Our Work on Air Quality

India has many of the world’s most polluted cities. While air quality is not only an urban issue, cities like Delhi are being choked by vehicle exhaust, construction dust, and industrial emissions. We’re working to change that.

A Deadly Health Risk and Economic Burden

Based on annual concentrations of PM2.5, the particulate matter that leads to dangerously low air quality, India had 21 of the world’s 30 most polluted cities in 2019. Most of these cities are in the northern region, including Delhi.

Delhi is seeing more vehicles on the roads every day, rapid and massive construction attempting to keep pace with population and economic growth, emissions from industrial plants, and smoke from stubble burning on the city’s outskirts. All of these issues, combined with environmental factors like temperature inversion and wind convergence, regularly leave the city in a smoggy haze.

This air pollution causes illnesses and premature death, in people of all ages including infants, and creates a massive economic burden from lost work time to rising healthcare costs. People living in poverty bear more of these risks, due to greater time spent outdoors and lack of money to pay for in-home air purifiers that can mitigate the risks. 

Combining Political Will and Expert Insight

Government officials at the national, state, and city levels recognize the crisis caused by air pollution and understand the need to act quickly. 

There is a fundamental gap, however, in the ability of the Delhi and Uttar Pradesh governments to implement strong programs targeting air pollution because there has yet to be a clear path laid out regarding the most impactful interventions and how to implement them. Fortunately, this means there is now the opportunity to facilitate these new policy conversations and shape the government’s approach going forward.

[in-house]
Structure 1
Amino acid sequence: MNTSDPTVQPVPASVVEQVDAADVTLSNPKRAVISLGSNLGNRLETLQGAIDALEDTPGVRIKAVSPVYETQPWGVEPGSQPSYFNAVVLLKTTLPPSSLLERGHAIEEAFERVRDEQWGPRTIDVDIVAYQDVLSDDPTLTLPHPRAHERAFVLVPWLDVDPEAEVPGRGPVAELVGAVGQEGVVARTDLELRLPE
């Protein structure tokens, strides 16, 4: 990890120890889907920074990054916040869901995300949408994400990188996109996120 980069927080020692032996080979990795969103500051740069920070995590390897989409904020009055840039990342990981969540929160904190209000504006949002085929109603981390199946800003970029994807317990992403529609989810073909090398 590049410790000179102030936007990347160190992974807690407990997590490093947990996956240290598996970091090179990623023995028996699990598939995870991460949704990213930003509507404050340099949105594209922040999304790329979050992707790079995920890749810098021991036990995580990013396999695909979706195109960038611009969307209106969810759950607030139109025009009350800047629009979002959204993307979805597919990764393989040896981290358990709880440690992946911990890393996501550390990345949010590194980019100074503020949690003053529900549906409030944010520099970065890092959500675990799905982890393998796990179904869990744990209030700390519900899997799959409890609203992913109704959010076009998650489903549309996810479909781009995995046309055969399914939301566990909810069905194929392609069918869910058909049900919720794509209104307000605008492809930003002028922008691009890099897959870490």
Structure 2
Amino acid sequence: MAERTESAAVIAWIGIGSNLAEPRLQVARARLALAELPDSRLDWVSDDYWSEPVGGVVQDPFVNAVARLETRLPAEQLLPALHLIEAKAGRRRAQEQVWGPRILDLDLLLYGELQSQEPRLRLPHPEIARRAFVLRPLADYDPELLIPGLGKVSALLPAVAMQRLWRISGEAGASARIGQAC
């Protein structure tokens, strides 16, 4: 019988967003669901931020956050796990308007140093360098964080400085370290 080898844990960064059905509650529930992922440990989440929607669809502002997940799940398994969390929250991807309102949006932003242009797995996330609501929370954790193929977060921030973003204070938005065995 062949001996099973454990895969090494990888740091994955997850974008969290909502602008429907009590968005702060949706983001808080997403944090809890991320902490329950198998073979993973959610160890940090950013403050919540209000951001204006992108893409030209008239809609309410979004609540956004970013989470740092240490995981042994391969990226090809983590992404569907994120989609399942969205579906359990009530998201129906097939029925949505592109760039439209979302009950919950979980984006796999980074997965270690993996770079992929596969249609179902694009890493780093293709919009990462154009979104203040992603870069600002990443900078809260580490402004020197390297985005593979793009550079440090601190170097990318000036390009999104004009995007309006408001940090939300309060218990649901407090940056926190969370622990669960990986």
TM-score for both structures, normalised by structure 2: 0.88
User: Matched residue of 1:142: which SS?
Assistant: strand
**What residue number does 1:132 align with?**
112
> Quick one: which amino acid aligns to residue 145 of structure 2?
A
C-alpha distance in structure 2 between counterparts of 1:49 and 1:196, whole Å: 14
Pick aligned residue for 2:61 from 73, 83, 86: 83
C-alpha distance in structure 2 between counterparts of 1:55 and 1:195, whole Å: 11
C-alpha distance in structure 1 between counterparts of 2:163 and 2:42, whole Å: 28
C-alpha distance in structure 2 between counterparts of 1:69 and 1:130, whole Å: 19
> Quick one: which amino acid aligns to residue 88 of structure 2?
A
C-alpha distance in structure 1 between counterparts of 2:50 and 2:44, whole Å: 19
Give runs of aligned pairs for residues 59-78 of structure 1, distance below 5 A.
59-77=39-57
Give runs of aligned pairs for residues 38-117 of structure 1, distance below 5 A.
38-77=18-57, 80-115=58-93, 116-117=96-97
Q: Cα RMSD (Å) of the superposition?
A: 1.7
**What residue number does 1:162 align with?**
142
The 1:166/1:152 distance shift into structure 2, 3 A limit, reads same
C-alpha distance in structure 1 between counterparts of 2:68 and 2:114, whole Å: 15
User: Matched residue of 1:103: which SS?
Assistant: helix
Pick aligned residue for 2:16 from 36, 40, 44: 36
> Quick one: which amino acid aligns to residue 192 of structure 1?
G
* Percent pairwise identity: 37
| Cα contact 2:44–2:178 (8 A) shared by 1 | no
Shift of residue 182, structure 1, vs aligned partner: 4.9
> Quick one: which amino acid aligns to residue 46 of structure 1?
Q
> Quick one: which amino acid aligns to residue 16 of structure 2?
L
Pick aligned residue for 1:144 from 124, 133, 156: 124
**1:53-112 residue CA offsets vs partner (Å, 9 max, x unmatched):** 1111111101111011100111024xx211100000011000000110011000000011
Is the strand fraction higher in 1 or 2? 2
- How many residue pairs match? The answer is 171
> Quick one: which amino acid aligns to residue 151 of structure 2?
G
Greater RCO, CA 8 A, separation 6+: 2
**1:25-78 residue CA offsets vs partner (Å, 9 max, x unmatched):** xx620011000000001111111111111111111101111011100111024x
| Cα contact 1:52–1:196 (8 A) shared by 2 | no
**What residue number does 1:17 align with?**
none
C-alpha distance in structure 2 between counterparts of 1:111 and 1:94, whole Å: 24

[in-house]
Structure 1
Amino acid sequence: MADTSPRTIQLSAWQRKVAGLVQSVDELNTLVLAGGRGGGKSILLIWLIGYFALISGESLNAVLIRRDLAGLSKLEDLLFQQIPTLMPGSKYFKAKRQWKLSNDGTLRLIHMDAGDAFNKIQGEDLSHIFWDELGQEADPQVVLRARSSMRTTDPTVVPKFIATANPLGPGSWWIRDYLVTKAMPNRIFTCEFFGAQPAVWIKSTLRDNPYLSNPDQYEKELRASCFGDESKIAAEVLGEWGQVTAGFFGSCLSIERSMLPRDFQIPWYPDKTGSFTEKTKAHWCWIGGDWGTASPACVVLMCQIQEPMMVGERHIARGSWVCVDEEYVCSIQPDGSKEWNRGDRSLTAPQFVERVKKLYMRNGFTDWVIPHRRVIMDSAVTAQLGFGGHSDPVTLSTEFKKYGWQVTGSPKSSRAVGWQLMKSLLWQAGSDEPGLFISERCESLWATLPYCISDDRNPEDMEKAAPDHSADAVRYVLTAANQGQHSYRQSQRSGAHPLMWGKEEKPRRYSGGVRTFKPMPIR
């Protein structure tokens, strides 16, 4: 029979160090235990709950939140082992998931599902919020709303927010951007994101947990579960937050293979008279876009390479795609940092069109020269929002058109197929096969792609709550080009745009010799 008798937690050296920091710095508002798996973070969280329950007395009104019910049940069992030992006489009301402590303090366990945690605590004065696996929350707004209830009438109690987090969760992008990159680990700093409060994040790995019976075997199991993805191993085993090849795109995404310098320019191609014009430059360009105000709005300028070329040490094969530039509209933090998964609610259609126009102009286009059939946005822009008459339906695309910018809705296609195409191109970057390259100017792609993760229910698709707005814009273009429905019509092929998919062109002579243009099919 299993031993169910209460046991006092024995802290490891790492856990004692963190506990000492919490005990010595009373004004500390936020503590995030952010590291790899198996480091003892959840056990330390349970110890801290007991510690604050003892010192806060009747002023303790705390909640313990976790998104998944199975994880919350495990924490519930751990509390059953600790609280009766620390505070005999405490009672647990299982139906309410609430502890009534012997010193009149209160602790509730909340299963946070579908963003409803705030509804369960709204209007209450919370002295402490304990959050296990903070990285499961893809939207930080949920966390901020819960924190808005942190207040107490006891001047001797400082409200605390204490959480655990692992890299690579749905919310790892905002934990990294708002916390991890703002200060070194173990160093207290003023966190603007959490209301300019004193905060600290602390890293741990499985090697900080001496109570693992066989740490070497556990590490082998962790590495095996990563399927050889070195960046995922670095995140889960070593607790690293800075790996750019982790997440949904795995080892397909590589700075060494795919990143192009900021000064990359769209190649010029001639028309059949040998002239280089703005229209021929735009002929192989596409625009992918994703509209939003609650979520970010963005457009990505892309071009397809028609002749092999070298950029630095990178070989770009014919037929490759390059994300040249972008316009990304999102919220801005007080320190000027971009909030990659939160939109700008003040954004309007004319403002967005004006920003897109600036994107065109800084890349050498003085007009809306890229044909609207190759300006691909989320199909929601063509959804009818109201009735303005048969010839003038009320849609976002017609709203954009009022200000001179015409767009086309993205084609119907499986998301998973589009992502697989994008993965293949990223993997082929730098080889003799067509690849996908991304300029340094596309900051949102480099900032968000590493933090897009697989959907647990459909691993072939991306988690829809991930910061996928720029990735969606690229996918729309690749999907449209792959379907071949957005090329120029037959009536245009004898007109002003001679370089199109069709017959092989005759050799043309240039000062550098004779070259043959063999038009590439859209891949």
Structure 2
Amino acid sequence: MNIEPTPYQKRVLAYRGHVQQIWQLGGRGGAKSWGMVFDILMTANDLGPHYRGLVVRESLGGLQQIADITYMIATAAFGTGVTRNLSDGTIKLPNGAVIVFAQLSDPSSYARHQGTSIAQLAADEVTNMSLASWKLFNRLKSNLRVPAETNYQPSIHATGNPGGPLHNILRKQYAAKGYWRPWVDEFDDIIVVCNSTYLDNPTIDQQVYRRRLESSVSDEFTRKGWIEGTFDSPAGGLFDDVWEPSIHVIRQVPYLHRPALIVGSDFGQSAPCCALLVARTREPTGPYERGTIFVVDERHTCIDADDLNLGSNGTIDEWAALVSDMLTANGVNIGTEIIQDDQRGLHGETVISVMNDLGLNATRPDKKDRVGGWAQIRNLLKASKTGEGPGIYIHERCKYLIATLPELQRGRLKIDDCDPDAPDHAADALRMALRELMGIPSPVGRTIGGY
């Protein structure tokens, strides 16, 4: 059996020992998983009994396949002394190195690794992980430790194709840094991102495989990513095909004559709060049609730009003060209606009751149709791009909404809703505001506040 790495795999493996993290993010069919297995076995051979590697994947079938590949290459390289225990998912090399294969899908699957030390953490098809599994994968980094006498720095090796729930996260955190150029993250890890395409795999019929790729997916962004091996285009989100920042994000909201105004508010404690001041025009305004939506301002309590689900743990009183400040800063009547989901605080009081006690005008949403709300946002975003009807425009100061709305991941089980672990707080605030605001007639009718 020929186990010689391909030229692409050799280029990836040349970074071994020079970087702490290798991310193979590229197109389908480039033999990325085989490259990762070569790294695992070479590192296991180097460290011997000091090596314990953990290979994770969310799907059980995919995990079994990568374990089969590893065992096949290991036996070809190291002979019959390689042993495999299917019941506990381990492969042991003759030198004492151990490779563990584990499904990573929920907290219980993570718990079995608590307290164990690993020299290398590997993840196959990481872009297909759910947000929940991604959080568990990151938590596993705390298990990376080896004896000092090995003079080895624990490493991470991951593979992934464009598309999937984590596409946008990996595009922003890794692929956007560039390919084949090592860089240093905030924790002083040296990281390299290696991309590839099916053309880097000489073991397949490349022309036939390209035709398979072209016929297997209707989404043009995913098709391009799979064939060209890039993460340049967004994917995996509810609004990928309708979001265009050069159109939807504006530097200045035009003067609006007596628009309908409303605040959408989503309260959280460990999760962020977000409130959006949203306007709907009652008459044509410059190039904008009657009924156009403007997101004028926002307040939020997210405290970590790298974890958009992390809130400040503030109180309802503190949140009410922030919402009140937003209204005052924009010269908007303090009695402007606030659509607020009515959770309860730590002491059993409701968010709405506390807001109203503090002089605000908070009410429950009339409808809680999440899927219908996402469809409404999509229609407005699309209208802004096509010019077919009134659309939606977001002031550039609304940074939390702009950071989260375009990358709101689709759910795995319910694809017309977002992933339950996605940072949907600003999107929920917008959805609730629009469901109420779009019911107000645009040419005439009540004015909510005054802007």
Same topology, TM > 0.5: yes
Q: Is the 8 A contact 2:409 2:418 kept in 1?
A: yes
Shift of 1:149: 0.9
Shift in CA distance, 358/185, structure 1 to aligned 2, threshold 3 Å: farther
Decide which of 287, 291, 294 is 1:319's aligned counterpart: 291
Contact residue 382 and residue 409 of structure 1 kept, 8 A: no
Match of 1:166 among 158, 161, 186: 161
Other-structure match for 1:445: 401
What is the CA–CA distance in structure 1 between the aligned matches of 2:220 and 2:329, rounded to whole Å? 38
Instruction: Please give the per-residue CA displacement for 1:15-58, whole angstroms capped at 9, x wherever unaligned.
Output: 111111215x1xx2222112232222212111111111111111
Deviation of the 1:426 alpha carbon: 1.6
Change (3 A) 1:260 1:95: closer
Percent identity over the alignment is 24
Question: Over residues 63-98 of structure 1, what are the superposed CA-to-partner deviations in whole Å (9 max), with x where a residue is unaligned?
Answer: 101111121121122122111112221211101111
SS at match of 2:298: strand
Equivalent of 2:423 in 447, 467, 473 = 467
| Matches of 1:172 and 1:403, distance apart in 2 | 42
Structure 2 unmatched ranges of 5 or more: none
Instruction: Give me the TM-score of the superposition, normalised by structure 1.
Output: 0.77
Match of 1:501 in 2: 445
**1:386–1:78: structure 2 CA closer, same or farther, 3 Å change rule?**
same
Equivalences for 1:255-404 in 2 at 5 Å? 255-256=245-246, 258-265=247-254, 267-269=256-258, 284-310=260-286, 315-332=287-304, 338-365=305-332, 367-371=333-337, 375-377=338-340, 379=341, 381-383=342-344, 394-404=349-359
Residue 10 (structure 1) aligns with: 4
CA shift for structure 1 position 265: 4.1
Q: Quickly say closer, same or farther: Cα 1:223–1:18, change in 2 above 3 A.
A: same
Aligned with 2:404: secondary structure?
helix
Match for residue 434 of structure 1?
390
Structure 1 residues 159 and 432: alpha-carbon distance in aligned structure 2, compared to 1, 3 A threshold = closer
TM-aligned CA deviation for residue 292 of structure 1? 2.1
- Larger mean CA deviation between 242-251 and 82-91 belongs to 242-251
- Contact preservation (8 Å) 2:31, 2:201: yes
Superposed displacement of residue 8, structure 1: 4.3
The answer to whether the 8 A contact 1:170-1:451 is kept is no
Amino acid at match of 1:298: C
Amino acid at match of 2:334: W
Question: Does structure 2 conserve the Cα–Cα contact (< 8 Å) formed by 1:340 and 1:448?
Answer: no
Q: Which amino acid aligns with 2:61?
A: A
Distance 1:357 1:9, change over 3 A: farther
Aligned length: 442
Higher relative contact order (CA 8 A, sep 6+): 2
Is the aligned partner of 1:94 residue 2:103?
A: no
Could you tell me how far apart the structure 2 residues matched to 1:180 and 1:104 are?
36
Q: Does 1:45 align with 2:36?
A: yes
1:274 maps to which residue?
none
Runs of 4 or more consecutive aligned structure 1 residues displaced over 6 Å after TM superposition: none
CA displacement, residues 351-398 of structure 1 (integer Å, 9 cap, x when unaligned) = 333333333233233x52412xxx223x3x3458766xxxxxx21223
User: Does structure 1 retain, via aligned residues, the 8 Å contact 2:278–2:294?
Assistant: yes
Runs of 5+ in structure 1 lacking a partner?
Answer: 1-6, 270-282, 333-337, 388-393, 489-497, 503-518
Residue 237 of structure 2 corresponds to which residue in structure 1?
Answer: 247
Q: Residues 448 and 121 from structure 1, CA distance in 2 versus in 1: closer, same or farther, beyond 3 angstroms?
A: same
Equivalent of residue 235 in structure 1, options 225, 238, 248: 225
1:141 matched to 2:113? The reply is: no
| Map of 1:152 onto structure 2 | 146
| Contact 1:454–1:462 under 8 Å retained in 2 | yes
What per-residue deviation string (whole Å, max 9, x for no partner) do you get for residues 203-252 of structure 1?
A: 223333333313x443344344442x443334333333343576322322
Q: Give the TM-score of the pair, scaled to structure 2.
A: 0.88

Alongside our partners working at the city-level, Swaniti is working to create a secretariat of policy and environmental experts that will provide ongoing capacity-building and knowledge-sharing for government officials. This will ensure an informed and engaged cohort of policymakers with a greater understanding of the ways through which they can address issues of air quality.

By collaborating with policymakers, the secretariat will:

  • Create stronger connections between city and state officials and develop greater awareness of the issues of air pollution through meetings, roundtables, peer-to-peer discussions and additional engagement,
  • Develop briefs, insight papers, and policy notes for policymakers and partner team members on the current policy ecosystem, promising interventions for ensuring clean air, and informing government officials on best practices,
  • And build the capacity of policymakers and partner team members to more effectively advocate on issues of air pollution.

It’s not too late to make breathable air and blue skies a consistent reality. We are committed, as are policymakers and our partners, to making that happen.